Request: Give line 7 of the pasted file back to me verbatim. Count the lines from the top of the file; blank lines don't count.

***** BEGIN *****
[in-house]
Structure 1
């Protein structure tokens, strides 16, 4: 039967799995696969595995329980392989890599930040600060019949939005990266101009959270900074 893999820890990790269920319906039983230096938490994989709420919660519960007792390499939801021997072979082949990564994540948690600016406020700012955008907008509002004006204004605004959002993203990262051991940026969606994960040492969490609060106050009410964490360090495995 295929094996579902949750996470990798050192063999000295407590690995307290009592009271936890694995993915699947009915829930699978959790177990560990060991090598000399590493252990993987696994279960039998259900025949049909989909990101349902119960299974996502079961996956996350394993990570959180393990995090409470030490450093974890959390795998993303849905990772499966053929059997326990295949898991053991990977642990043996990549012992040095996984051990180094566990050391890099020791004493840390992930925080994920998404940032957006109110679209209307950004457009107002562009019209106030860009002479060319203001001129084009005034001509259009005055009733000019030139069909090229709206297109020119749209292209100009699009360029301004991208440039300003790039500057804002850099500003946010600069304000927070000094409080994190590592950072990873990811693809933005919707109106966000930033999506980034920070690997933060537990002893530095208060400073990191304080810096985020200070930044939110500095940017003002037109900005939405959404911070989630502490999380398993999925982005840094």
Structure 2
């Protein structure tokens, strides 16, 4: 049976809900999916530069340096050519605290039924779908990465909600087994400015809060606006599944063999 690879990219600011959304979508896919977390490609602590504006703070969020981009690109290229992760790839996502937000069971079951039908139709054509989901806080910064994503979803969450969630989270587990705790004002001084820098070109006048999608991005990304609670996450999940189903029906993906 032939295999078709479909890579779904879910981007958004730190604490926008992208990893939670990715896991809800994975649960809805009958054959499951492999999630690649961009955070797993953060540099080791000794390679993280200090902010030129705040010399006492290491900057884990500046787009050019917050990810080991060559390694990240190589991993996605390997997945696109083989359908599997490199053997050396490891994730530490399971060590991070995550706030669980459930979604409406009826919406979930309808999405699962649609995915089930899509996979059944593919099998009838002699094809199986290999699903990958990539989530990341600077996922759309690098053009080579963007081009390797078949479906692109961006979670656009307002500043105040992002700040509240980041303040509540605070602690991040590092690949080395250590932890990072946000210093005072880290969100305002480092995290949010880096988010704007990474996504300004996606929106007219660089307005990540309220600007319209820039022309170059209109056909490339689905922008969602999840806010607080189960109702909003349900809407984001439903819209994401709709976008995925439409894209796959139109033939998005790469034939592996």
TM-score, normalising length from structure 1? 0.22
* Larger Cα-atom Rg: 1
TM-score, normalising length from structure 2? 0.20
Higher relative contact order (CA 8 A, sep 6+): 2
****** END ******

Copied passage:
* Larger Cα-atom Rg: 1